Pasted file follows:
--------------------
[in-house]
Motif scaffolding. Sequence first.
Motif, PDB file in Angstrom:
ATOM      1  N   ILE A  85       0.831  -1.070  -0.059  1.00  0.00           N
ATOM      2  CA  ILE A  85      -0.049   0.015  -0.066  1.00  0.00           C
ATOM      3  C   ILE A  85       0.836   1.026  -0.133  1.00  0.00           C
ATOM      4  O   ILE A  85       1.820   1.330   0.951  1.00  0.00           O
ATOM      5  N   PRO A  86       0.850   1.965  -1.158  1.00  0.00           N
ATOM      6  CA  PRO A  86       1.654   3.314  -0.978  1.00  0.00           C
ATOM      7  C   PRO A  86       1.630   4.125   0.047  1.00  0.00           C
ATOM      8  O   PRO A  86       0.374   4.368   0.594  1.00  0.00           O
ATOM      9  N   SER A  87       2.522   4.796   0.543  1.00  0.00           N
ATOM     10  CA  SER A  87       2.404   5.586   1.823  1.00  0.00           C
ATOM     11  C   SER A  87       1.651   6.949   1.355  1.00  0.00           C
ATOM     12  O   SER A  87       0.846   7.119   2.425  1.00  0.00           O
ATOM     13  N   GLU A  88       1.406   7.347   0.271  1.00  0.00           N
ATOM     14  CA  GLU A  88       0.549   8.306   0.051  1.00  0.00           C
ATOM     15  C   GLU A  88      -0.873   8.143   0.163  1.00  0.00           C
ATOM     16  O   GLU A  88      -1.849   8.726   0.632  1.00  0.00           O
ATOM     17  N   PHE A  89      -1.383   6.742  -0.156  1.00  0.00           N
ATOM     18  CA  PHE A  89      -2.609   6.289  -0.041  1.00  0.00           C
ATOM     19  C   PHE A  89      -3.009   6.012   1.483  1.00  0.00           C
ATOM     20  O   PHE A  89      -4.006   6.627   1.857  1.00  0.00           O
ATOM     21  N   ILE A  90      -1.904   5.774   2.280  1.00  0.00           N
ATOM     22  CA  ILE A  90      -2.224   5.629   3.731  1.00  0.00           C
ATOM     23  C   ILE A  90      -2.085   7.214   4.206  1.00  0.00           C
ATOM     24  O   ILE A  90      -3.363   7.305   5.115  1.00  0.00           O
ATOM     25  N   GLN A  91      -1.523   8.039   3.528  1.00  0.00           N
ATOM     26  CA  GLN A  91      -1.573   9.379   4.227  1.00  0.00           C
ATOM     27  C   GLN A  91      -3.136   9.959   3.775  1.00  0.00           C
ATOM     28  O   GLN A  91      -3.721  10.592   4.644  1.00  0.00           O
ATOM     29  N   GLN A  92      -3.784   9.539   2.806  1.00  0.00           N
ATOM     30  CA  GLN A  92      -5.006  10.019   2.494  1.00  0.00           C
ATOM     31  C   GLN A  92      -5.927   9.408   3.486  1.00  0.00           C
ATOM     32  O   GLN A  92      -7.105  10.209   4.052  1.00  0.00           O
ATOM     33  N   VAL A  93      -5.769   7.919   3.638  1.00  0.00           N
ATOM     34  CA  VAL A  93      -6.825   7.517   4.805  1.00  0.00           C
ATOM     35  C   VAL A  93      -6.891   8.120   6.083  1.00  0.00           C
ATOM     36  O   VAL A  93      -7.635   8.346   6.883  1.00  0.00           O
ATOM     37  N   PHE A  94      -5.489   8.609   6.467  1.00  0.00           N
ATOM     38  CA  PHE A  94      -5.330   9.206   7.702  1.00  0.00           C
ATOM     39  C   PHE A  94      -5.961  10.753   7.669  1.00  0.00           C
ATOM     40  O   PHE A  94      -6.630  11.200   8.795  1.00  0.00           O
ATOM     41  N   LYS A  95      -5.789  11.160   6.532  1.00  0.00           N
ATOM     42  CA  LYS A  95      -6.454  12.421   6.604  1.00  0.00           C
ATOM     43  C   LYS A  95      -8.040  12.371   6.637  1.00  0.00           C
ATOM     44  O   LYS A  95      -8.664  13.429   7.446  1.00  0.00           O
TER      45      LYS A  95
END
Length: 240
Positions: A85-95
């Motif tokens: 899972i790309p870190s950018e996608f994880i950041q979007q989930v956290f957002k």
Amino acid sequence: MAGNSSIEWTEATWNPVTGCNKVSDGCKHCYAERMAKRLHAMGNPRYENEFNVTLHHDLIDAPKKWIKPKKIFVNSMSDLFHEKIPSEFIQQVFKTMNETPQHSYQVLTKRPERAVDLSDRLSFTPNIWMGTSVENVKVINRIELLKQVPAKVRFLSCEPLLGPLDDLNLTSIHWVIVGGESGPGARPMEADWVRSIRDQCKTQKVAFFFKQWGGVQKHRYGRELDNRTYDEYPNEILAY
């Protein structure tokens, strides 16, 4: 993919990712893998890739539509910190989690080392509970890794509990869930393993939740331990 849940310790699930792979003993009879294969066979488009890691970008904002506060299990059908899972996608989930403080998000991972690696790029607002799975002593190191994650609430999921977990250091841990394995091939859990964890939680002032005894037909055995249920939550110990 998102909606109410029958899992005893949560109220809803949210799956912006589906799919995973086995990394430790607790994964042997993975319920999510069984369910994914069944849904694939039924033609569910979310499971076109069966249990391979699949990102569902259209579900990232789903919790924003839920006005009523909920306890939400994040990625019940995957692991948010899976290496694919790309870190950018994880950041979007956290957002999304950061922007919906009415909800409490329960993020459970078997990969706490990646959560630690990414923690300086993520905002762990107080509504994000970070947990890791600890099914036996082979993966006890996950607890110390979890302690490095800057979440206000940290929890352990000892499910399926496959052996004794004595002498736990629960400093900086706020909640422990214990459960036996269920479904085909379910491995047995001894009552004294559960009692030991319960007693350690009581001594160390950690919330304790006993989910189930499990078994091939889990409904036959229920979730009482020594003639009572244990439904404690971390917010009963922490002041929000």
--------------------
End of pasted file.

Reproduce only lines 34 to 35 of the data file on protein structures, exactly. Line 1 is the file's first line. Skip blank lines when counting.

ATOM     31  C   GLN A  92      -5.927   9.408   3.486  1.00  0.00           C
ATOM     32  O   GLN A  92      -7.105  10.209   4.052  1.00  0.00           O